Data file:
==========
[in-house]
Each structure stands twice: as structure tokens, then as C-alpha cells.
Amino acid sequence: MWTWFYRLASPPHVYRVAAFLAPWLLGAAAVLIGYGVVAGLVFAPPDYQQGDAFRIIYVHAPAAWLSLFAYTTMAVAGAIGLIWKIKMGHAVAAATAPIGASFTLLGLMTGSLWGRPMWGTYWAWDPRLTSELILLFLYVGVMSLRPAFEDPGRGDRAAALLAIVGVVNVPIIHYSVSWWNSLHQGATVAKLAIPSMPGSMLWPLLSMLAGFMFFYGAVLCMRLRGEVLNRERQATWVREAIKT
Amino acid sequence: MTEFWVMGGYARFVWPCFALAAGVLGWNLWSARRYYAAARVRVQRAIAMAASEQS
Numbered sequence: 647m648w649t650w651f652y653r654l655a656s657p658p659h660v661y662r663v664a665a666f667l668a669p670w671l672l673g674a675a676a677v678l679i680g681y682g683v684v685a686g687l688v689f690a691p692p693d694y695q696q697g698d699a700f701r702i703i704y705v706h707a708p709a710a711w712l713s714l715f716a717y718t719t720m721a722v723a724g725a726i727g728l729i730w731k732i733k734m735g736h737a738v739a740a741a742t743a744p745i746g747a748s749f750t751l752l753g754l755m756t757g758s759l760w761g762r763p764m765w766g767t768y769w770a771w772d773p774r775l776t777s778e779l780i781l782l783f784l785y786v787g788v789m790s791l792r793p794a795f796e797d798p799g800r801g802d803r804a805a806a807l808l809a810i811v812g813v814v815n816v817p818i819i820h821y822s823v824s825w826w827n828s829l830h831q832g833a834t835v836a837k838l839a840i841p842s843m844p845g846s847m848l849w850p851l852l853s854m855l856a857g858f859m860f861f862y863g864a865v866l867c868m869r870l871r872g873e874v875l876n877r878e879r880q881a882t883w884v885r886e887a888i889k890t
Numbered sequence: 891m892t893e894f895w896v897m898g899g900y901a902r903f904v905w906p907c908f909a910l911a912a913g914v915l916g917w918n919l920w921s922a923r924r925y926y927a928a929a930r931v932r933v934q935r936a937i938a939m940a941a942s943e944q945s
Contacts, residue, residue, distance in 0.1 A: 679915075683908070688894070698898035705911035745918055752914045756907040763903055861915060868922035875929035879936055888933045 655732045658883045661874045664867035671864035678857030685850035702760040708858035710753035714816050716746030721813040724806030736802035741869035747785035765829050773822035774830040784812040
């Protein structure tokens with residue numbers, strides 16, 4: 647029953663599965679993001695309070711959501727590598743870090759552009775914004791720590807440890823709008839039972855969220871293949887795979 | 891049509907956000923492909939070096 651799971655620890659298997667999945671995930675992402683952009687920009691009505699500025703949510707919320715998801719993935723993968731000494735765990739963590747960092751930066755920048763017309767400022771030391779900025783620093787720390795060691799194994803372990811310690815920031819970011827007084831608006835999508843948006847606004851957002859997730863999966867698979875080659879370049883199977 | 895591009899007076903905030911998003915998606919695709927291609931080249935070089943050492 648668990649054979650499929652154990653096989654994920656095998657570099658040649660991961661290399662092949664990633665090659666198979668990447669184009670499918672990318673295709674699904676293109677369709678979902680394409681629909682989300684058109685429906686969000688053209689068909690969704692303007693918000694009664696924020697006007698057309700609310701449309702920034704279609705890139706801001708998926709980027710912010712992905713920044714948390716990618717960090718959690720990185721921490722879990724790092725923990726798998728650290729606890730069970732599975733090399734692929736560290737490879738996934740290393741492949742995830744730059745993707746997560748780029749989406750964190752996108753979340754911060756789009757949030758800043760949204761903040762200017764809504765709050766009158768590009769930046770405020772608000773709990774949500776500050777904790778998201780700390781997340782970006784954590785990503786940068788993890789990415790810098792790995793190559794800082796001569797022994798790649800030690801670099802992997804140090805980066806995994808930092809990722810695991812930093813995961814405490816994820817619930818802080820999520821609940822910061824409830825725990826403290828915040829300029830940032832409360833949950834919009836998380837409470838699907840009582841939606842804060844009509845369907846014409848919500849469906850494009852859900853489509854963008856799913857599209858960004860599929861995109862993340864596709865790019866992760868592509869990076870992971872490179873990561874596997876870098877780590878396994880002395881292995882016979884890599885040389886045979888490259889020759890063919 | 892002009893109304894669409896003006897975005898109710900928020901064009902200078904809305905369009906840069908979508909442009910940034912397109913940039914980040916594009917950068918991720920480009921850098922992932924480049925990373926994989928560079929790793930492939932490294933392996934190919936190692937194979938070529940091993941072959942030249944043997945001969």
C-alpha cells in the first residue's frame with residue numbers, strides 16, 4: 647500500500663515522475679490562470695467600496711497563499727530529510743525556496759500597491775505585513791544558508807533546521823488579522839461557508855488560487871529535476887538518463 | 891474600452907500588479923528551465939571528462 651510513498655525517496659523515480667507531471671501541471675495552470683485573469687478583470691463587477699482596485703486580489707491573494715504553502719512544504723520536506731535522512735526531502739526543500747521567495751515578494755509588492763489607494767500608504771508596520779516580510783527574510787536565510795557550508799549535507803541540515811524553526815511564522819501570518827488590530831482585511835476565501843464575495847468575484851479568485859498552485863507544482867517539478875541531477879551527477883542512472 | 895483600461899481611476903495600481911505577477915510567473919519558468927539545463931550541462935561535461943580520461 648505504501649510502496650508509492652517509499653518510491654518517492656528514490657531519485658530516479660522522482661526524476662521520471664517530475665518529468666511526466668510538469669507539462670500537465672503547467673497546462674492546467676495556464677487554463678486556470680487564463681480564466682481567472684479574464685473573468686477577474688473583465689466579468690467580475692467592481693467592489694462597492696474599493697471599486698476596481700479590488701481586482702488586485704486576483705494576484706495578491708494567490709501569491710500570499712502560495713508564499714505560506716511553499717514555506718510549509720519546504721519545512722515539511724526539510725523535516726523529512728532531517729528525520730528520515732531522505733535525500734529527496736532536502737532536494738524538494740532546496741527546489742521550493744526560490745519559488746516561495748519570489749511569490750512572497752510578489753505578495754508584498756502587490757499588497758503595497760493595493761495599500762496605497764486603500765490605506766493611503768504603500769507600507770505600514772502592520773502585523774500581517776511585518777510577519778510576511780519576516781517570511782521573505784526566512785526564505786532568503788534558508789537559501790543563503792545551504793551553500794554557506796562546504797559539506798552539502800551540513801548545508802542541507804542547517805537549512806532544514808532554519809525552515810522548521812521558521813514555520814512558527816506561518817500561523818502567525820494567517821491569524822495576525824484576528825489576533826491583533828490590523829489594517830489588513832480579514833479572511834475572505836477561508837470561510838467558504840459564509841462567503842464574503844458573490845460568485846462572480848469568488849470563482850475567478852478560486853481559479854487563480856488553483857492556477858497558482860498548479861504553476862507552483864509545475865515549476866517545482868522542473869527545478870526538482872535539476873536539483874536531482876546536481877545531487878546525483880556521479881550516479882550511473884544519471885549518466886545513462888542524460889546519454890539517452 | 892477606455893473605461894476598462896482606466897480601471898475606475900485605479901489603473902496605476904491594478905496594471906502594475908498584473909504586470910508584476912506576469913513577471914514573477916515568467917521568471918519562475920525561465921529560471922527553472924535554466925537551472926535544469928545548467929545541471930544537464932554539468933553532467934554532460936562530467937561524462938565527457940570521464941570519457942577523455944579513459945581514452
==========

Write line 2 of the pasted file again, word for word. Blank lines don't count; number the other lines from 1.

Each structure stands twice: as structure tokens, then as C-alpha cells.